Abu Dhabi: A member of the Federal National Council (FNC) on Tuesday dismissed as insufficient the government’s response to their calls to encourage men to work after pension age and allow early retirement of Emirati women.
Hamad Al Rahoumi, an FNC member from Dubai, posed a question to Obaid Humaid Al Tayer, Minister of State for Financial Affairs, on why senior citizens are discouraged from supplementing their pension with additional income. Al Rahoumi argues that the government is missing the point by setting Dh9,000 as a ceiling of combined pension income.
Under the present laws, pensioners are only allowed to supplement their pension with additional income if combined pension income does not exceed Dh9,000.
In a letter to the House, Al Tayer, also deputy head of the General Authority for Pensions and Social Security, said the authority was planning to change the laws to allow retired citizens to supplement their pensions with salaries.
Al Rahoumi, however, dismissed the response as “not enough” and demanded that Al Tayer show in person before the House for further discussion.
“The pension law is outdated and needs to be revised especially as the minimum pension income is now set at Dh10,000,” Al Rahoumi said, asking why seniors are being discouraged from taking up jobs, while statistics show more than two-thirds of them are out of work.
Al Rahoumi said the government should help older Emiratis to work, if they are able and wish to do so. “Seniors should be allowed to have substantial earnings and still receive an age pension. Preventing them from supplementing their pension not only hurts many Emiratis, but also hurdles retaining the rich expertise they earned after long service,” he said.
Al Tayer was also asked by Dr Abdullah Hamad Al Shamsi, a member from Ajman, on why the Dh10,000 minimum pension income does not cover those who retired before January 1, 2008.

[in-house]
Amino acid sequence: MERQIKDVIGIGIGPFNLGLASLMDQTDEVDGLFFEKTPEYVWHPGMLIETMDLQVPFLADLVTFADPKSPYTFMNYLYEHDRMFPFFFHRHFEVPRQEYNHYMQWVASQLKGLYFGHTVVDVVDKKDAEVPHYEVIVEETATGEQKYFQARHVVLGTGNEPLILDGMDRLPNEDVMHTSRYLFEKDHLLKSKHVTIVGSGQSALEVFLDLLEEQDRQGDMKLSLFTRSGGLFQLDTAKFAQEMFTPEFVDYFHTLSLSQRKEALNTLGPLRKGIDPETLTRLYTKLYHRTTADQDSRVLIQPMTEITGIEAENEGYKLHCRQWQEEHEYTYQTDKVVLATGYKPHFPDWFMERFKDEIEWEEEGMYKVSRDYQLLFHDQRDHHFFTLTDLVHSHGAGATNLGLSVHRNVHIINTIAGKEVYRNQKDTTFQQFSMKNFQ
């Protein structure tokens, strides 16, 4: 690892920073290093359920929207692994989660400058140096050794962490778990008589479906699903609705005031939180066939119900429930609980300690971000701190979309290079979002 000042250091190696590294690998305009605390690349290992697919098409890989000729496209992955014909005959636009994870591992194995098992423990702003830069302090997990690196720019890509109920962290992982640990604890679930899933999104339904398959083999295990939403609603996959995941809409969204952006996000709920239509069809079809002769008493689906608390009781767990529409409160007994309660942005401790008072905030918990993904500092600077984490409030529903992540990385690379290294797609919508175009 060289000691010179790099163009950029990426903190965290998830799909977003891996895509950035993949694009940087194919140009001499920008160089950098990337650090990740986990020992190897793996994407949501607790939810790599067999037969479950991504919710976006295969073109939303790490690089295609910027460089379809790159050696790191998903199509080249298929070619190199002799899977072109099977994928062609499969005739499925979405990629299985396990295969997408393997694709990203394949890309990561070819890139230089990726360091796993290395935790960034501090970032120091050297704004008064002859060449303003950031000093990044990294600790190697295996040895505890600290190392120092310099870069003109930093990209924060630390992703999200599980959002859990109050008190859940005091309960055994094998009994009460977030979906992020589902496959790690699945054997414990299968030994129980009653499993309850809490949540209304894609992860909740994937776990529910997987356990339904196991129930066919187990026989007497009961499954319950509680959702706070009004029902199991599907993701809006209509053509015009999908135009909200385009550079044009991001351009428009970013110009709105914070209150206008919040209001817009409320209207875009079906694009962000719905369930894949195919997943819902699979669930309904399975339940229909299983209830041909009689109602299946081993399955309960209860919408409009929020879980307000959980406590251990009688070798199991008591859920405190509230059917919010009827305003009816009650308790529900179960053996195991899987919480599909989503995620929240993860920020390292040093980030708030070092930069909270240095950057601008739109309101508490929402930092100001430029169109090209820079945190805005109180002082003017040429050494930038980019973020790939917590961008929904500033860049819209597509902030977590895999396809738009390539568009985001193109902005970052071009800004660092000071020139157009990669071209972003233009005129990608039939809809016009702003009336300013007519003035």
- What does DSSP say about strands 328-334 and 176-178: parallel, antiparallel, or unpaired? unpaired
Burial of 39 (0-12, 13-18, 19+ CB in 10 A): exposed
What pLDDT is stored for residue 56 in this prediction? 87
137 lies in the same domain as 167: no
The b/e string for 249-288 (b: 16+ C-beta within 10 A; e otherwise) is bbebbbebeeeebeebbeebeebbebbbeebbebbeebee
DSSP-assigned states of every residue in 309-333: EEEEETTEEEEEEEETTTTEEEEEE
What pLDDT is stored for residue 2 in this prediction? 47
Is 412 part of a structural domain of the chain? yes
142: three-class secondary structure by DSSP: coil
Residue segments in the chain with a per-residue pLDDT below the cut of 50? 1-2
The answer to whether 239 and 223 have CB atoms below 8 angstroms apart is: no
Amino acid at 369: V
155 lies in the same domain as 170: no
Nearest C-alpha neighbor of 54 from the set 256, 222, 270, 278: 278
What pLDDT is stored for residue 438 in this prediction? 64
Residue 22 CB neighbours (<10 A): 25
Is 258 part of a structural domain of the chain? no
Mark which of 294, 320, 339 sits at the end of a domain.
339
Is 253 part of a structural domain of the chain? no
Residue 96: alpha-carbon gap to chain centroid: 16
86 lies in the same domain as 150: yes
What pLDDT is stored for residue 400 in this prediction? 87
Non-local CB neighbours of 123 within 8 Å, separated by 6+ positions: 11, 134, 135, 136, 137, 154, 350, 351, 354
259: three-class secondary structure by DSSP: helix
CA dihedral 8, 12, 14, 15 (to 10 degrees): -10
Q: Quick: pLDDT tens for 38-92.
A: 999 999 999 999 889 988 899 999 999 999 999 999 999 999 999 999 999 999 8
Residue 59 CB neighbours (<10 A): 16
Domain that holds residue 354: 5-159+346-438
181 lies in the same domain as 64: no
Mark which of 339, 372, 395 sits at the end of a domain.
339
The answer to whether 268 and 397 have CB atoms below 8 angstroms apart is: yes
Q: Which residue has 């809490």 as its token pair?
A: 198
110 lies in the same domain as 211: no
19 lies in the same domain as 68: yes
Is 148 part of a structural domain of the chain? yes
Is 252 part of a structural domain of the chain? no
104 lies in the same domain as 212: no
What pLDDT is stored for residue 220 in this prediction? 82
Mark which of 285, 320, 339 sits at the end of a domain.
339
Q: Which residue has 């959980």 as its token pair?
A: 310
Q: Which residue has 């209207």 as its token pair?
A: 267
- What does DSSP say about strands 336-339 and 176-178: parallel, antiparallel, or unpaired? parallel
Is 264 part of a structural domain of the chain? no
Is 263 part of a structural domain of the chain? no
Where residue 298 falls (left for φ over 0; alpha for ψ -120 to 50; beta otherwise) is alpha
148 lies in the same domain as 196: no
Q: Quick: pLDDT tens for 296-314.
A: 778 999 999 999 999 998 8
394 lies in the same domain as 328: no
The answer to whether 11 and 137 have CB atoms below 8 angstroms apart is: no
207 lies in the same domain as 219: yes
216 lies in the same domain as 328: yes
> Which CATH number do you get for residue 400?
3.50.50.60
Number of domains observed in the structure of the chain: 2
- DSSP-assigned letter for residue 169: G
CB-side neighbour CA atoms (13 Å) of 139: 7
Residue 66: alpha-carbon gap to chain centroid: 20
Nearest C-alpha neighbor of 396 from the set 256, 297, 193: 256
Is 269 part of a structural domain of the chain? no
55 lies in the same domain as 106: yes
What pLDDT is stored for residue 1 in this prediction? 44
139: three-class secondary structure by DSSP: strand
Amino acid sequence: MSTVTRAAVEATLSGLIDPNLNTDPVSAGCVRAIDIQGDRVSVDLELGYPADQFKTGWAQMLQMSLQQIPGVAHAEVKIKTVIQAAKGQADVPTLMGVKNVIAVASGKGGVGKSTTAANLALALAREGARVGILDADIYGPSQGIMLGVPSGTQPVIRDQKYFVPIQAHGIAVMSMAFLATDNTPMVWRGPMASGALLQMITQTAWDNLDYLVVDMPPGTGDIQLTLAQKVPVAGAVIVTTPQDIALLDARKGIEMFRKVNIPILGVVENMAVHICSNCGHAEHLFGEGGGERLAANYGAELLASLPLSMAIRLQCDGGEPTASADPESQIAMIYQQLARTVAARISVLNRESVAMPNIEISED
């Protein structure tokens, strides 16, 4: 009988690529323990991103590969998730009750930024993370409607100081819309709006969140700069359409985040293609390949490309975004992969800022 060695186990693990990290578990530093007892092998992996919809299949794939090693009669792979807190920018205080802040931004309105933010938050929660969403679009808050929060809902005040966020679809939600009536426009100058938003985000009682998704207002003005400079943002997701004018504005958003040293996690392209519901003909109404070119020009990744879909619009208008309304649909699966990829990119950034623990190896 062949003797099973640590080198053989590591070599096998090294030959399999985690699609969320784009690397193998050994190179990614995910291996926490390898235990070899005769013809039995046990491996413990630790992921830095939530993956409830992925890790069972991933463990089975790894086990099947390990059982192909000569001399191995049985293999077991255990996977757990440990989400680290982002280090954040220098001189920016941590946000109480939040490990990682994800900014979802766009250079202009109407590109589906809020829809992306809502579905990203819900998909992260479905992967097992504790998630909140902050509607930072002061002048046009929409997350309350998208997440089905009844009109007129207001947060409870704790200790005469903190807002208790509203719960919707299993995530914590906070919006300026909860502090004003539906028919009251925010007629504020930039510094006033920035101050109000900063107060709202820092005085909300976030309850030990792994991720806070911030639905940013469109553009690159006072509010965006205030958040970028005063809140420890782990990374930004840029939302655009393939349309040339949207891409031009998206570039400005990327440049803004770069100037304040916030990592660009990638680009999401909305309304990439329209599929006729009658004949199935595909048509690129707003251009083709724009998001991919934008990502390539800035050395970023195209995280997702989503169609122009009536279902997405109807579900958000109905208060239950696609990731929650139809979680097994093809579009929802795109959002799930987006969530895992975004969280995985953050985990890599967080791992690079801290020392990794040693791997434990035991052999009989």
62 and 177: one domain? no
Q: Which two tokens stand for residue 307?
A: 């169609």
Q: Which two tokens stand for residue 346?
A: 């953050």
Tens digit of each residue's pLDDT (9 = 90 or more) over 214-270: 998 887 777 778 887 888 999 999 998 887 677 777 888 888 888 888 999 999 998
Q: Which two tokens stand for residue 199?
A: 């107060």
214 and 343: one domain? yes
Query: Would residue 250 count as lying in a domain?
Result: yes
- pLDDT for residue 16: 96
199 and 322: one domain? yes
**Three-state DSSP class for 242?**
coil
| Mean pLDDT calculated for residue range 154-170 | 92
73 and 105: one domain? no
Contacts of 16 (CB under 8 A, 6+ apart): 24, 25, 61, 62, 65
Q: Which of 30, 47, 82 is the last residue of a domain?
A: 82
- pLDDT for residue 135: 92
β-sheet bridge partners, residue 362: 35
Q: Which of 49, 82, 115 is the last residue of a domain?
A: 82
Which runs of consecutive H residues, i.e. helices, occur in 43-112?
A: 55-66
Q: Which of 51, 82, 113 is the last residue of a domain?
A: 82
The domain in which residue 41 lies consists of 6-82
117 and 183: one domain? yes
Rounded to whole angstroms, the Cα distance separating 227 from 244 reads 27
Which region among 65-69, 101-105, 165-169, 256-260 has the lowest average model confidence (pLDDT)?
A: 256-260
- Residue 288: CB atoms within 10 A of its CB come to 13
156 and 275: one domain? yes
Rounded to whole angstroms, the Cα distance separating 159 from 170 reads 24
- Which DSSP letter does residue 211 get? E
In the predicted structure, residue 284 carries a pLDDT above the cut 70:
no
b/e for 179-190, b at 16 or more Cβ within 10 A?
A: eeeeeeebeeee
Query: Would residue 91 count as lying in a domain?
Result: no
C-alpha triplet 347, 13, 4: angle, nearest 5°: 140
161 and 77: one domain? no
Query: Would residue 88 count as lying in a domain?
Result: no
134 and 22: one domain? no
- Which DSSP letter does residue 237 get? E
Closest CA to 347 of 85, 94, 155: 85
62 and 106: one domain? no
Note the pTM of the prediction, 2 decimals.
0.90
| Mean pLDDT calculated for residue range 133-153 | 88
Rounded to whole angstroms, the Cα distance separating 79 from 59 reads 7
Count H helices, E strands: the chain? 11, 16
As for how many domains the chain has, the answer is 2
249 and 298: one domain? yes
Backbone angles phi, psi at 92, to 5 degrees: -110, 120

“Excluding senior citizens who retired before that date caused a substantial difference between income of pensioners who used to hold the same job grade,” Al Shamsi said and added that it was particularly unfair to forefathers who served the country during the early days of the UAE Federation.
Al Shamsi also sought an update of pensioners’ data by linking the General Authority for Pensions and Social Security with the Emirates Identity Authority.
Mosabah Saeed Al Katbi, a member from Sharjah, argued that early retirement of women would help reduce unemployment, allow women to raise their own children rather than rely on maids and cut down on late marriages.
Al Katbi rejected a letter from Al Tayer as “inaccurate” and asked that he attends another session.
The House has been pressing since 2007 for allowing early retirement of Emirati women. In 2007, pension rules were changed to allow Emirati women employed by the government to work for 20 years before retirement, rather than the previous 15. However, since then, the House has been repeatedly demanding that the move be reversed.